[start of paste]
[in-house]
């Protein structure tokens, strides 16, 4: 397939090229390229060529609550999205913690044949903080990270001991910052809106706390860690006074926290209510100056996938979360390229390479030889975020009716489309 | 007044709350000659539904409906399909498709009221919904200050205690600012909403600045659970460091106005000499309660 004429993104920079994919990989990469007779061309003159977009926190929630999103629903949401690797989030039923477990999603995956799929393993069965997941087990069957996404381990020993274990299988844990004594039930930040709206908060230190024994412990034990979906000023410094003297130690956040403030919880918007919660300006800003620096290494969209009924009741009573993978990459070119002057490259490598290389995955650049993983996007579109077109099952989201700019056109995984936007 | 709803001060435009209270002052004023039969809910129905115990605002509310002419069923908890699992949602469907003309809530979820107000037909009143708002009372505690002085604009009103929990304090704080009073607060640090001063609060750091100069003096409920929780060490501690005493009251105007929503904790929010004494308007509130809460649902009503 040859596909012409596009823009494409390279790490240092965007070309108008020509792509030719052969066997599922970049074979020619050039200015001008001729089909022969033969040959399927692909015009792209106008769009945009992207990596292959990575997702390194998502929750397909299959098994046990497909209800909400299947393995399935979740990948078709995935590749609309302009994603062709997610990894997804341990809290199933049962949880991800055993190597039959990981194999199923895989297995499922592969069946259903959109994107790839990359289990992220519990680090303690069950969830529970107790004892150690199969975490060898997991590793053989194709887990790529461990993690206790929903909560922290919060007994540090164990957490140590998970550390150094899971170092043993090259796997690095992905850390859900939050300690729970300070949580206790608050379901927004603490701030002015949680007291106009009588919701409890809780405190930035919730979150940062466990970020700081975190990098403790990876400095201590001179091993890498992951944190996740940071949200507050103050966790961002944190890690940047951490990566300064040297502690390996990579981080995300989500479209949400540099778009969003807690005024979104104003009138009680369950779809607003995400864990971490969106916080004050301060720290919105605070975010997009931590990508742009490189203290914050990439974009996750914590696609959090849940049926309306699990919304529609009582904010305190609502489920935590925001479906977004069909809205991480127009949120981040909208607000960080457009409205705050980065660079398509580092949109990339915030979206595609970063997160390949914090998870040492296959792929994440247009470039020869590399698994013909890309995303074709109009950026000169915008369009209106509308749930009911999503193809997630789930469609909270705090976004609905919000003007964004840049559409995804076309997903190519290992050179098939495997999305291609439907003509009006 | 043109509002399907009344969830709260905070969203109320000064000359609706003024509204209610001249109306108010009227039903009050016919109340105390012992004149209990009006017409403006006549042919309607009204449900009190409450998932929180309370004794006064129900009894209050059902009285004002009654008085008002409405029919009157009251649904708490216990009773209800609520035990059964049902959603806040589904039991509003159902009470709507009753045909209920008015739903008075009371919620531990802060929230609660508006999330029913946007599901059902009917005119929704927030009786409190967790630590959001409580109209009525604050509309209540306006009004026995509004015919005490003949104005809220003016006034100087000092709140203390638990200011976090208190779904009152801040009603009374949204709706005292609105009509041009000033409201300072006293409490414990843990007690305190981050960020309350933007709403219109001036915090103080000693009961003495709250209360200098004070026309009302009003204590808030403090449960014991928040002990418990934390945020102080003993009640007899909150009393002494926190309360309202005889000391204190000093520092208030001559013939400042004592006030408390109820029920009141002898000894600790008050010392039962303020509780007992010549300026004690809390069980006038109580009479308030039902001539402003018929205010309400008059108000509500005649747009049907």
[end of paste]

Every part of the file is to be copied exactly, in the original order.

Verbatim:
[in-house]
């Protein structure tokens, strides 16, 4: 397939090229390229060529609550999205913690044949903080990270001991910052809106706390860690006074926290209510100056996938979360390229390479030889975020009716489309 | 007044709350000659539904409906399909498709009221919904200050205690600012909403600045659970460091106005000499309660 004429993104920079994919990989990469007779061309003159977009926190929630999103629903949401690797989030039923477990999603995956799929393993069965997941087990069957996404381990020993274990299988844990004594039930930040709206908060230190024994412990034990979906000023410094003297130690956040403030919880918007919660300006800003620096290494969209009924009741009573993978990459070119002057490259490598290389995955650049993983996007579109077109099952989201700019056109995984936007 | 709803001060435009209270002052004023039969809910129905115990605002509310002419069923908890699992949602469907003309809530979820107000037909009143708002009372505690002085604009009103929990304090704080009073607060640090001063609060750091100069003096409920929780060490501690005493009251105007929503904790929010004494308007509130809460649902009503 040859596909012409596009823009494409390279790490240092965007070309108008020509792509030719052969066997599922970049074979020619050039200015001008001729089909022969033969040959399927692909015009792209106008769009945009992207990596292959990575997702390194998502929750397909299959098994046990497909209800909400299947393995399935979740990948078709995935590749609309302009994603062709997610990894997804341990809290199933049962949880991800055993190597039959990981194999199923895989297995499922592969069946259903959109994107790839990359289990992220519990680090303690069950969830529970107790004892150690199969975490060898997991590793053989194709887990790529461990993690206790929903909560922290919060007994540090164990957490140590998970550390150094899971170092043993090259796997690095992905850390859900939050300690729970300070949580206790608050379901927004603490701030002015949680007291106009009588919701409890809780405190930035919730979150940062466990970020700081975190990098403790990876400095201590001179091993890498992951944190996740940071949200507050103050966790961002944190890690940047951490990566300064040297502690390996990579981080995300989500479209949400540099778009969003807690005024979104104003009138009680369950779809607003995400864990971490969106916080004050301060720290919105605070975010997009931590990508742009490189203290914050990439974009996750914590696609959090849940049926309306699990919304529609009582904010305190609502489920935590925001479906977004069909809205991480127009949120981040909208607000960080457009409205705050980065660079398509580092949109990339915030979206595609970063997160390949914090998870040492296959792929994440247009470039020869590399698994013909890309995303074709109009950026000169915008369009209106509308749930009911999503193809997630789930469609909270705090976004609905919000003007964004840049559409995804076309997903190519290992050179098939495997999305291609439907003509009006 | 043109509002399907009344969830709260905070969203109320000064000359609706003024509204209610001249109306108010009227039903009050016919109340105390012992004149209990009006017409403006006549042919309607009204449900009190409450998932929180309370004794006064129900009894209050059902009285004002009654008085008002409405029919009157009251649904708490216990009773209800609520035990059964049902959603806040589904039991509003159902009470709507009753045909209920008015739903008075009371919620531990802060929230609660508006999330029913946007599901059902009917005119929704927030009786409190967790630590959001409580109209009525604050509309209540306006009004026995509004015919005490003949104005809220003016006034100087000092709140203390638990200011976090208190779904009152801040009603009374949204709706005292609105009509041009000033409201300072006293409490414990843990007690305190981050960020309350933007709403219109001036915090103080000693009961003495709250209360200098004070026309009302009003204590808030403090449960014991928040002990418990934390945020102080003993009640007899909150009393002494926190309360309202005889000391204190000093520092208030001559013939400042004592006030408390109820029920009141002898000894600790008050010392039962303020509780007992010549300026004690809390069980006038109580009479308030039902001539402003018929205010309400008059108000509500005649747009049907």